A waist-style day pack was found this afternoon during an aerial search of Storm King Mountain in North Cascades National Park. The pack was found on the north side of the mountain in steep, cliffy terrain at an elevation of 8000 feet. National Park Rangers have confirmed that the day pack belongs to John Arum, the 49-year old mountaineer and son of Hall of Fame boxing promoter Bob Arum, who was reported missing Monday, August 30. Arum was planning to solo climb Storm King Mountain on Saturday, August 28.
Public statement from the Arum Family: John’s family is deeply grateful for the efforts taken by the dedicated members of the National Park Service, King County Sheriff’s Office and the volunteers from Chelan Mountain Rescue and the Stehekin Community that are working tirelessly on the search and rescue operation. Their professionalism and commitment gives us continued hope. Thank you for your thoughts, prayers and respect for our privacy at this time.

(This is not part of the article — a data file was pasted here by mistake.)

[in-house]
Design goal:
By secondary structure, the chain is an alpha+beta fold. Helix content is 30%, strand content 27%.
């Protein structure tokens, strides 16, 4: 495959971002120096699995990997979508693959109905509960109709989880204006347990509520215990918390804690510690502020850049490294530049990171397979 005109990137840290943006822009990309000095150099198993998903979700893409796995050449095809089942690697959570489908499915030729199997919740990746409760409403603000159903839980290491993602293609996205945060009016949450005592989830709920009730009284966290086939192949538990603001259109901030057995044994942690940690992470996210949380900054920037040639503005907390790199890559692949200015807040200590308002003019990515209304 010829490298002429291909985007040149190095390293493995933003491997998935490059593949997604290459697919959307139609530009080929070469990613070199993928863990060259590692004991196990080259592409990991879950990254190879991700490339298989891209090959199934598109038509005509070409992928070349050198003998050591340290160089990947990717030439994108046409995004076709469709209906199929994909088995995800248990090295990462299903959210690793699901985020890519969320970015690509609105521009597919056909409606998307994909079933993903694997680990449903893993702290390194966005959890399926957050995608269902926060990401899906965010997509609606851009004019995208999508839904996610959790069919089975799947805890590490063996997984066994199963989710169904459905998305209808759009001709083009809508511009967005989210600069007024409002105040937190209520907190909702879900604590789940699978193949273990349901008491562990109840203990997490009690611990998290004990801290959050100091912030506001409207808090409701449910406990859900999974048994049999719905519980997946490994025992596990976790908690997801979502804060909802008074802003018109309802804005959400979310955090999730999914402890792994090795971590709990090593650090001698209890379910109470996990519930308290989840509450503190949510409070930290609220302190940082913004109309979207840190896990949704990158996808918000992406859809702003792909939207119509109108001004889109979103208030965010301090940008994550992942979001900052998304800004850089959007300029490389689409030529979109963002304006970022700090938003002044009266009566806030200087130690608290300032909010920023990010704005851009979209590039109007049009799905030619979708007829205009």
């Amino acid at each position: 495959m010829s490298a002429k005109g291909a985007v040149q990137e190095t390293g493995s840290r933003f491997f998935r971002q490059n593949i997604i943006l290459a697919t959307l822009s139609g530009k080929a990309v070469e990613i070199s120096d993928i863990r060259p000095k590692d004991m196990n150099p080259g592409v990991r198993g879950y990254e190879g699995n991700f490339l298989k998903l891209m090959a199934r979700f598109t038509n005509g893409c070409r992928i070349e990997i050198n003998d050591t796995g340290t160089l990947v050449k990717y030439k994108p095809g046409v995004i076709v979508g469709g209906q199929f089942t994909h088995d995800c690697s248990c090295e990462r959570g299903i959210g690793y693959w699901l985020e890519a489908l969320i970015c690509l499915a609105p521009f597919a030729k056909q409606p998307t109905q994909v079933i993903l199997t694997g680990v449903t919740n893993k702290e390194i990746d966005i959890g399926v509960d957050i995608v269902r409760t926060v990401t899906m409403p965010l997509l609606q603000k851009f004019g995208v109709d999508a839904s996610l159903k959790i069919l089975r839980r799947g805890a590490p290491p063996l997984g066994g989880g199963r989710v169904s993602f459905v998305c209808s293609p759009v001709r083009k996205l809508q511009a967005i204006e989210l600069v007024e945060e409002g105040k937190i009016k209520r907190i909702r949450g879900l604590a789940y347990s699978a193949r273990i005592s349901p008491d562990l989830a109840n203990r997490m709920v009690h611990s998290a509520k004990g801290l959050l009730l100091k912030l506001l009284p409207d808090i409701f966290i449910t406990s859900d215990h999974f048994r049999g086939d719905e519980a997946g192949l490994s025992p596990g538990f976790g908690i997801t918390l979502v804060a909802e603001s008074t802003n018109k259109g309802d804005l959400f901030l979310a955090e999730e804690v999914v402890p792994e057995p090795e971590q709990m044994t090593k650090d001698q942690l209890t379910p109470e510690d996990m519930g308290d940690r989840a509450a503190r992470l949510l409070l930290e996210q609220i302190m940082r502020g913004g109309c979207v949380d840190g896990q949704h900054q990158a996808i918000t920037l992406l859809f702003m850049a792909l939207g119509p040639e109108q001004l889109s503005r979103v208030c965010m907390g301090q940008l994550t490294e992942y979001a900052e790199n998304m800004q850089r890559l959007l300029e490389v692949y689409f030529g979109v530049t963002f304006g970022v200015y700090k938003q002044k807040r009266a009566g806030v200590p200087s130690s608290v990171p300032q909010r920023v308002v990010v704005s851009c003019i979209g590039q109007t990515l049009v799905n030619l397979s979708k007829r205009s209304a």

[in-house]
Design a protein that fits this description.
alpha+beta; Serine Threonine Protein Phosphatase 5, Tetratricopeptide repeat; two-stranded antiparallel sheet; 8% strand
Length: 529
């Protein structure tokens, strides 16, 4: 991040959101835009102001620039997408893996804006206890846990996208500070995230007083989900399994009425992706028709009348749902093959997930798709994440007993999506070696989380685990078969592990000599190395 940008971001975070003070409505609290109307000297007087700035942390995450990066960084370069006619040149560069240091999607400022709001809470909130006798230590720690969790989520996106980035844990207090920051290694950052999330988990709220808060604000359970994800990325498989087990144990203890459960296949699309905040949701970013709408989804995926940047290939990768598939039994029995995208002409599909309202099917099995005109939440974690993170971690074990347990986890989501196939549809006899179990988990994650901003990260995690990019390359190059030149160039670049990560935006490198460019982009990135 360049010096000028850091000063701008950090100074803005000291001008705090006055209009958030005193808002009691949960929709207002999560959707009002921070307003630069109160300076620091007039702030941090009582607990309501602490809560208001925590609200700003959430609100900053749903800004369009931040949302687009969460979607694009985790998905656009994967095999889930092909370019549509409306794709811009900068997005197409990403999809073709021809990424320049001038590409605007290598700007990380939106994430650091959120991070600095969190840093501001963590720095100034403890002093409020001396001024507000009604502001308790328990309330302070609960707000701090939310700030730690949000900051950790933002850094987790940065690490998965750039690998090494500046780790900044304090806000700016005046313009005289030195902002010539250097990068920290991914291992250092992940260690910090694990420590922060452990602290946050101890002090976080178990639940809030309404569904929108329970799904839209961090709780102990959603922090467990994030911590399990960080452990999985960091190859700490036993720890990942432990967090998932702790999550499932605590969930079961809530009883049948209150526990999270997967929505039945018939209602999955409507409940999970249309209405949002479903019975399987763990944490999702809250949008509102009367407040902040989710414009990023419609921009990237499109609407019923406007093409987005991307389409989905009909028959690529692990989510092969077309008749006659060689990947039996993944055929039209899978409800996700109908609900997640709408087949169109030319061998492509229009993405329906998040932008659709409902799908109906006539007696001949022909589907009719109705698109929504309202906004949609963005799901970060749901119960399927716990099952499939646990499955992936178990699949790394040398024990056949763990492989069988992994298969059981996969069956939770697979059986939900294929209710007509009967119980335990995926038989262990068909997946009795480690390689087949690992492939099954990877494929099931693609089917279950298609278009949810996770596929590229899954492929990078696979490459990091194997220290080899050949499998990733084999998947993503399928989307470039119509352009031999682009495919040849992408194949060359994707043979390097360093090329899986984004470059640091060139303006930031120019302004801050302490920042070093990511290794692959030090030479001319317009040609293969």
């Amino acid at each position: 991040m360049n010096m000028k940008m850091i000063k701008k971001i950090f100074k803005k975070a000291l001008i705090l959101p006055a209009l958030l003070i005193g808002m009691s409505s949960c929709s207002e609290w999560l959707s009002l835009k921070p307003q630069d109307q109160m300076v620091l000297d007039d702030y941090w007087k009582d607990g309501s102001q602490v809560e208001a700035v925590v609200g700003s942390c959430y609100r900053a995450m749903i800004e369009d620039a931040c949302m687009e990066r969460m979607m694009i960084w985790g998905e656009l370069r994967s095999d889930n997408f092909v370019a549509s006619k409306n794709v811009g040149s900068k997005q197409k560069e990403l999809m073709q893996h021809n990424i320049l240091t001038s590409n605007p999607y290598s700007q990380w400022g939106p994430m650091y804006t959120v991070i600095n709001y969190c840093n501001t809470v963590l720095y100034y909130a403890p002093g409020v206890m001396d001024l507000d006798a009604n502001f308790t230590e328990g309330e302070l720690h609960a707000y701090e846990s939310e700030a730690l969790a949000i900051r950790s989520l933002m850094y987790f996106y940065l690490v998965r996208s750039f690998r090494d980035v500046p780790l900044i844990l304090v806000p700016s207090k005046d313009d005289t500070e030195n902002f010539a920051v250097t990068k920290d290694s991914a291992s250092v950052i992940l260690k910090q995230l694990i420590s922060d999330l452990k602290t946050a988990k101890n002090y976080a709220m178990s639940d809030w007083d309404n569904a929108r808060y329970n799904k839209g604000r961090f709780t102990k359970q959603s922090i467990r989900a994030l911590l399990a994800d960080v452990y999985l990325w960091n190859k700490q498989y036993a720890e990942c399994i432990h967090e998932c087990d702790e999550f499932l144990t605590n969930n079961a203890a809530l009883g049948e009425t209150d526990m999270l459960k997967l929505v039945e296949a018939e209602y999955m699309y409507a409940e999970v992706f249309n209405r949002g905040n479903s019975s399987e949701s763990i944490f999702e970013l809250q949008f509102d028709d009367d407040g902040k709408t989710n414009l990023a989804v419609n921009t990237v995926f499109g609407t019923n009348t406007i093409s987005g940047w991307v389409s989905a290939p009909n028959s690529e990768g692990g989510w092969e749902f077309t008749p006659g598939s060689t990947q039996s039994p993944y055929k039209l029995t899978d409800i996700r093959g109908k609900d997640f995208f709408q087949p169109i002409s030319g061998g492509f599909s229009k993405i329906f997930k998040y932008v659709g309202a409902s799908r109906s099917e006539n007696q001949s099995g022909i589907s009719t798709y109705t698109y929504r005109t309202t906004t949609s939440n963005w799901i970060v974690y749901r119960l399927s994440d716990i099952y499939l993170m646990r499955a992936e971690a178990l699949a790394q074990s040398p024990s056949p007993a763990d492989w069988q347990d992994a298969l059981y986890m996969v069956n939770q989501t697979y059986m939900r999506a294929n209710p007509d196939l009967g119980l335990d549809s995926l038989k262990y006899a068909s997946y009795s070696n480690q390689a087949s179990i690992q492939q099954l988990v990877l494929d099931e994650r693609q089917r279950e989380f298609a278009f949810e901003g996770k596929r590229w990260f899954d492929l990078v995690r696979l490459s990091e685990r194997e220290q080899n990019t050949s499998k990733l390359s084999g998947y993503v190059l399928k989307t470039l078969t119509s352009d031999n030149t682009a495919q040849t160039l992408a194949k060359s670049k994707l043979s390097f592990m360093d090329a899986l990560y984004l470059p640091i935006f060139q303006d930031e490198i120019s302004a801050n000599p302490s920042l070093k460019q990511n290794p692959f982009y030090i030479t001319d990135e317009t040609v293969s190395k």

Fifty personnel from the National Park Service, Chelan Mountain Rescue, Stehekin Community and the King County Sheriff’s Office are now searching for the missing climber. Today they were aided by four helicopters, including two with Forward Looking Infrared (FLIR). FLIR is an imaging technology that detects thermal energy and can help find missing persons if they are in areas that cannot be seen.
Tomorrow fair weather is expected for continued ground and air searching. The search will again be narrowed based on the location of where the day pack was found. Canine teams will also aid in the search tomorrow.
Ground searches on Tuesday and Wednesday over steep and difficult terrain covered a 1500-acre search area. A backpack belonging to Arum was found yesterday by a ground search team at the 7400-foot elevation level directly below Storm King Mountain’s 8500-foot summit. The backpack was on the route to the summit, and it is believed that the pack was purposely placed at this location. Arum’s camp from Friday, August 27 was also found along the Park Creek Trail.